Social-media sites Twitter and Facebook revolutionized the 36-day Casey Anthony trial by casting a far-reaching net of news across the globe, bringing minute-to-minute updates directly into people's smartphones, tablets and work and home computers.
On Tuesday afternoon, the coverage reached a zenith on Twitter when the keywords "caseyanthony" were used 34,000 times and "notguilty" appeared 20,000 times an hour after the announcement of the not-guilty verdict on the first-degree-murder charge.
"Bet she's thinking "hahaha, I killed my daughter but proved not guilty, thanks america! drinks on me?" tweeted a follower identified as "xxbriiiikxx."
Another Twitter follower identified as "Aadelung" messaged: "Murderers please move to florida, especially pinnelas county...you can get away with it there."
The trial drew comparisons to another high-profile murder case that riveted the nation: the 1995 O.J. Simpson trial and acquittal that was watched by more than half the U.S. population, keeping viewers glued to their television sets at home and at work.
But the trials couldn't have been more different in the way — and frequency — in which people got their news.
Media organizations across the United States and Florida, including the Orlando Sentinel, launched Twitter accounts that provided instant tweets on the Anthony case as well as offered followers the ability to receive text messages on their cellphones the moment the jury reached a verdict.
A total of 75,510 Sentinel subscribers were sent an alert announcing the not-guilty verdict at 2:34 p.m. Tuesday.
Appetite for news
Followers were not interested in just the attorneys' arguments, witness testimony and evidence shown in court; they wanted to know what Anthony wore, how she was acting, when she cried and other details — and they wanted them now.
"[Social media] is a high-efficiency gossip factory," said Dan Gillmor, director of the Knight Center for Digital Media Entrepreneurship at Arizona State University.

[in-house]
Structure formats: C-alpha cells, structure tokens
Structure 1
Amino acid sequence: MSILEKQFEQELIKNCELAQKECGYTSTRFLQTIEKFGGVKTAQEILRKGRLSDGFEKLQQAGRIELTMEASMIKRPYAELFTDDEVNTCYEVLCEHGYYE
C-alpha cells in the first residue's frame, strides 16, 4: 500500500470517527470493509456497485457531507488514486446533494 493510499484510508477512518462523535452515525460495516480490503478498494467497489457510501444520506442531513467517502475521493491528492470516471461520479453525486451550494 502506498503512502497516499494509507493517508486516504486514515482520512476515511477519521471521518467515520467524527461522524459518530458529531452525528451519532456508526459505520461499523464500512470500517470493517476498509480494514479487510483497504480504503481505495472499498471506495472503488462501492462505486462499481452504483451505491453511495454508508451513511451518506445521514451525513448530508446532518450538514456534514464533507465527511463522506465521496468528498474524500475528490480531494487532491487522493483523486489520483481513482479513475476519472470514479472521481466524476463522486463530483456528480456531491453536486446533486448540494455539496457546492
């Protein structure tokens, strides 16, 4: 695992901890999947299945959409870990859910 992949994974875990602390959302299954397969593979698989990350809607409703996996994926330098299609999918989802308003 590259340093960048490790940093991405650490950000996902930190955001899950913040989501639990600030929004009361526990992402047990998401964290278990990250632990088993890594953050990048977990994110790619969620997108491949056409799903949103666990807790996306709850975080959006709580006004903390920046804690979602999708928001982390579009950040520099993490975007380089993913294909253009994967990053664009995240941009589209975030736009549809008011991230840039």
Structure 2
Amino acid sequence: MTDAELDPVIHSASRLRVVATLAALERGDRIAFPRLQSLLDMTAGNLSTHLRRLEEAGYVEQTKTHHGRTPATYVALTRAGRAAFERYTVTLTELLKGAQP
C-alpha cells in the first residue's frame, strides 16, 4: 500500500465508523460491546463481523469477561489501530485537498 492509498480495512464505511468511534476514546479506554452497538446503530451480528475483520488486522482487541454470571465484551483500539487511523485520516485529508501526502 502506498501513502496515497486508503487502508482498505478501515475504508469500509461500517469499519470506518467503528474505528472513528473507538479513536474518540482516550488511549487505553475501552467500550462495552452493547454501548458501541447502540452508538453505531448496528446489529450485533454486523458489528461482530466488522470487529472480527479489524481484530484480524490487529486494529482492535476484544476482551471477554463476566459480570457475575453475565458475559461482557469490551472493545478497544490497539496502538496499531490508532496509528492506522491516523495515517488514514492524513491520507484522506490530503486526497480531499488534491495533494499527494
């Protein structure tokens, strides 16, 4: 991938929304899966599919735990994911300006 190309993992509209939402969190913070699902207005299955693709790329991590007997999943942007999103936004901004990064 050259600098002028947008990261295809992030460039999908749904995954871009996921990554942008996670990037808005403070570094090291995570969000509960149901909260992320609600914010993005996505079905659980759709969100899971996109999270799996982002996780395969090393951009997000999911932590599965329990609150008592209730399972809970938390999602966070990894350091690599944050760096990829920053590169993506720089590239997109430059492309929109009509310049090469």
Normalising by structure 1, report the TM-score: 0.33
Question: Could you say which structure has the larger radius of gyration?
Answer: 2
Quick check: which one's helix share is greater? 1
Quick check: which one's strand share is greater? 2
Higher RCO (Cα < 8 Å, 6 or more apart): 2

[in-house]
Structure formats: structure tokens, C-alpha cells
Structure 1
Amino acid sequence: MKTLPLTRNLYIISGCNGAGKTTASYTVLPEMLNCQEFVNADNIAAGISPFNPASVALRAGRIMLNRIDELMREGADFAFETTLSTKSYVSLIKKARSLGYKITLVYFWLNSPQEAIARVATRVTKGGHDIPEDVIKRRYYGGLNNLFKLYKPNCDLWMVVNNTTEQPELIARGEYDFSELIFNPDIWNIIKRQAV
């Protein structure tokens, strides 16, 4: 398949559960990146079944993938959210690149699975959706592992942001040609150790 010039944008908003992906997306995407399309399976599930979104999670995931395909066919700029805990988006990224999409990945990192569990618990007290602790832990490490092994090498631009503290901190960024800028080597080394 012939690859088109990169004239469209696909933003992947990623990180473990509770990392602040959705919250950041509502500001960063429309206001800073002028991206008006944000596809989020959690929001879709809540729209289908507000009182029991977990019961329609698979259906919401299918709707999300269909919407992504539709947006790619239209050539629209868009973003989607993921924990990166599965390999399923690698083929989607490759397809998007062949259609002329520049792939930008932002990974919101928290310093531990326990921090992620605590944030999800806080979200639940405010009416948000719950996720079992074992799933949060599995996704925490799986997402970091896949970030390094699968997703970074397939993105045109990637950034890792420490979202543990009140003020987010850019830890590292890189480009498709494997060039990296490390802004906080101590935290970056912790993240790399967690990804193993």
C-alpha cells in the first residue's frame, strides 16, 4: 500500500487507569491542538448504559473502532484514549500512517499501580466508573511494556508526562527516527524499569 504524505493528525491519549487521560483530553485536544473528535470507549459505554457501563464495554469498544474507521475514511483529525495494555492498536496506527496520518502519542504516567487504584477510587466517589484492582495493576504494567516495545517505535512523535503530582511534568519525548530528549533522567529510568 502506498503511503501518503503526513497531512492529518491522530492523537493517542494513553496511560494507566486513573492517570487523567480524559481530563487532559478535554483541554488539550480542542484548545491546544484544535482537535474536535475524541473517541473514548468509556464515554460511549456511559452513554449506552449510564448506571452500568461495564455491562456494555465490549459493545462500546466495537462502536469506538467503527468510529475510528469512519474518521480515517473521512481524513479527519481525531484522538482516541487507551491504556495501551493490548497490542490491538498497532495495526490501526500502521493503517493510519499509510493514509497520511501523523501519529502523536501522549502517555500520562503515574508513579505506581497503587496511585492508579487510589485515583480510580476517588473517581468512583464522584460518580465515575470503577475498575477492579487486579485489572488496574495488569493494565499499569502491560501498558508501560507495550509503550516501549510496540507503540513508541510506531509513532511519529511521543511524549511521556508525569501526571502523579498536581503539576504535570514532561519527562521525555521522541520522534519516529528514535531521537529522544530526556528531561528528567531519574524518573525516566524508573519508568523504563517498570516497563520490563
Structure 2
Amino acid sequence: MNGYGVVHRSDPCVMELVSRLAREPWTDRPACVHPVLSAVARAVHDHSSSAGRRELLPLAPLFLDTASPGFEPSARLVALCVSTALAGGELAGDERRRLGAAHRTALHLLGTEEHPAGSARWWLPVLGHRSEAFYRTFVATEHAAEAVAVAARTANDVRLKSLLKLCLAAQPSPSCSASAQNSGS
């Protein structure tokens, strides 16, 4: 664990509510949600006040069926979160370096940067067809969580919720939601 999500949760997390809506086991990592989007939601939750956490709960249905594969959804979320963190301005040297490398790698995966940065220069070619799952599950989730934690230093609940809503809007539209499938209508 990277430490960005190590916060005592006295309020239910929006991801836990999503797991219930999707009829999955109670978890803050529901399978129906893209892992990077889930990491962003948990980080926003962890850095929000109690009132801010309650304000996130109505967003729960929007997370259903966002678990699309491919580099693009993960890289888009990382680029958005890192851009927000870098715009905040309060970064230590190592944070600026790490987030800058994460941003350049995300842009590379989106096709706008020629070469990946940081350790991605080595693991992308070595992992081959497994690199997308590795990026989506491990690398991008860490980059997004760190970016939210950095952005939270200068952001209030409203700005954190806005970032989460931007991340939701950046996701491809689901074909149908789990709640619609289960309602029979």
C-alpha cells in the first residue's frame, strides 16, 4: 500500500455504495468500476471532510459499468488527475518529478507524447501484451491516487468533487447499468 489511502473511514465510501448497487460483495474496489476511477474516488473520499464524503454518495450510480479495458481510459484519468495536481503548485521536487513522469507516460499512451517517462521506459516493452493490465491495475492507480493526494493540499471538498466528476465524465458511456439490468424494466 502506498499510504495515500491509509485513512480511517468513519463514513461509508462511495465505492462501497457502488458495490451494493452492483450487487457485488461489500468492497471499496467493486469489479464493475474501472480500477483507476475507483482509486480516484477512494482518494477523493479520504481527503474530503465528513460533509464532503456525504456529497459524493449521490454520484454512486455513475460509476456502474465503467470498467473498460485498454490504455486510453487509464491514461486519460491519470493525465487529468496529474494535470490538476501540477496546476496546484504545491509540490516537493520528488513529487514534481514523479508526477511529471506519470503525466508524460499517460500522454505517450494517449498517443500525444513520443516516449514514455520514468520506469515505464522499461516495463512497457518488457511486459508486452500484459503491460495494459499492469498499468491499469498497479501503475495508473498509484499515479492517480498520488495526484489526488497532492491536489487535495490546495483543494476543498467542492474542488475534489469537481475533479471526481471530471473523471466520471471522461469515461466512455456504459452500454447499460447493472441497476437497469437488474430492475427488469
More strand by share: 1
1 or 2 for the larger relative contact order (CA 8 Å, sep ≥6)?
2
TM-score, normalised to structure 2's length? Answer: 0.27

At times, Twitter locked up because too many followers were sending tweets in rapid succession.
The appetite for instant information was global.
Google — the most widely used search engine in the world — showed that 'caylee anthony' was the third-most-searched term in the world shortly after the not-guilty verdict was reached by the jury.
Media crafted by the user
Twitter and Facebook personally connect members, meaning that followers can speak to reporters directly, as well as share pictures and documents, and keep them in their pocket-sized devices indefinitely — inevitably kicking television to the curb.
Facebook's more than 500 million active users helped spread the Casey Anthony coverage across the world by linking stories, from news organizations of their choice, to their friends.
Most savvy news organizations promoted their own news stories through their Facebook pages.
But the members of the public are also disseminating the news how and when they want it.
Two Facebook pages emerged on the Internet about Cindy Anthony, the mother of Casey Anthony. For many, she is as polarizing a figure as her daughter.
More than 6,000 people follow the page "Support Cindy Anthony," while close to 1,100 follow the "Cindy Anthony is a Liar."
Both pages are filled with thousands of comments from people: some good, some bad.
However, others chose to engage the public across the digital divide not through gossip, name calling or pointing fingers.
One Facebook user launched the page "Porch lights on for Caylee Marie Anthony" with the sole purpose of urging its 254,718 members from across to country to memorialize the dead child with a simple act of remembrance.Copyright © 2015, The Baltimore Sun